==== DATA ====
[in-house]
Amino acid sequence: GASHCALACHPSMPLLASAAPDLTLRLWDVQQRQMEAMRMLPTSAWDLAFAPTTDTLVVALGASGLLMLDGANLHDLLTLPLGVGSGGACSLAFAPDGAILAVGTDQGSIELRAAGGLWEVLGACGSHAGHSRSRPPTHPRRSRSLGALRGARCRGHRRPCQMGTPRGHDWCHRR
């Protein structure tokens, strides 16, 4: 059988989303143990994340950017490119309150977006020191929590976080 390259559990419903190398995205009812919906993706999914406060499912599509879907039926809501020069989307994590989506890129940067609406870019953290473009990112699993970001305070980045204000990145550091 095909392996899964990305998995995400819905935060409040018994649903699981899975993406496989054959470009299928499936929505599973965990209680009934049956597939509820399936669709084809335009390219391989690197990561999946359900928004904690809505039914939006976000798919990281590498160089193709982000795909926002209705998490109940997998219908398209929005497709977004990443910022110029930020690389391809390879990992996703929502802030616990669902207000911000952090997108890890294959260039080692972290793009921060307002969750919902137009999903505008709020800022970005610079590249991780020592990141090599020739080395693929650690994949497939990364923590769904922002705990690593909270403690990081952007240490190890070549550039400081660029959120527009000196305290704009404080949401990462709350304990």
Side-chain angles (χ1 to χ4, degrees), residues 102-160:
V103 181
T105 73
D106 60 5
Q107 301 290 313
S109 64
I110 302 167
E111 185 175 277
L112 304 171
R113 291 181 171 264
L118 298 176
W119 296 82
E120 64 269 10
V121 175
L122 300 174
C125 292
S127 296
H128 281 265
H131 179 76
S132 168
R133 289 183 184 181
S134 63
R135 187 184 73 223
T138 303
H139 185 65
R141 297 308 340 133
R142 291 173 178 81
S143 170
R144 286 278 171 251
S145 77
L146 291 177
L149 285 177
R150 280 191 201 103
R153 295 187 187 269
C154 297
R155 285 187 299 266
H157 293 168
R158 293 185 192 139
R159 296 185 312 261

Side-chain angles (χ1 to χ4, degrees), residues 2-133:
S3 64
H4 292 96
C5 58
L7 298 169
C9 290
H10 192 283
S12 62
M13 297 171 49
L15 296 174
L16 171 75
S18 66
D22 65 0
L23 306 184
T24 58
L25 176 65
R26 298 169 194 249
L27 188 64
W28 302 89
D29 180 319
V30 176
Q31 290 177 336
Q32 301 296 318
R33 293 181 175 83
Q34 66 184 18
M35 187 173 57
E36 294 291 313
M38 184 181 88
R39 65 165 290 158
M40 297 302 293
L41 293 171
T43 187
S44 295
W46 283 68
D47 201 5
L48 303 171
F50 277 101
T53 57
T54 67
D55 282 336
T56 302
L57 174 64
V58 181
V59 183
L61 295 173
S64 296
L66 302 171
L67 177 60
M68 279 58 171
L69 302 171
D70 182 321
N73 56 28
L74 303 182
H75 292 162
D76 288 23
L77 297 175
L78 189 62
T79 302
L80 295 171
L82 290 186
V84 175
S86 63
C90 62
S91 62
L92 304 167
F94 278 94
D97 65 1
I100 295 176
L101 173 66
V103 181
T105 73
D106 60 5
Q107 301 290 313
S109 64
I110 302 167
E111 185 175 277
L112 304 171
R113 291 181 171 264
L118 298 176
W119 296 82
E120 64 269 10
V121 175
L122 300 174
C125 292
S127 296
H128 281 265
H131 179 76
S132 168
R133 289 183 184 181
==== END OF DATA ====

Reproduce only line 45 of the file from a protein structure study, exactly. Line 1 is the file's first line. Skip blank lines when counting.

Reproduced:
H4 292 96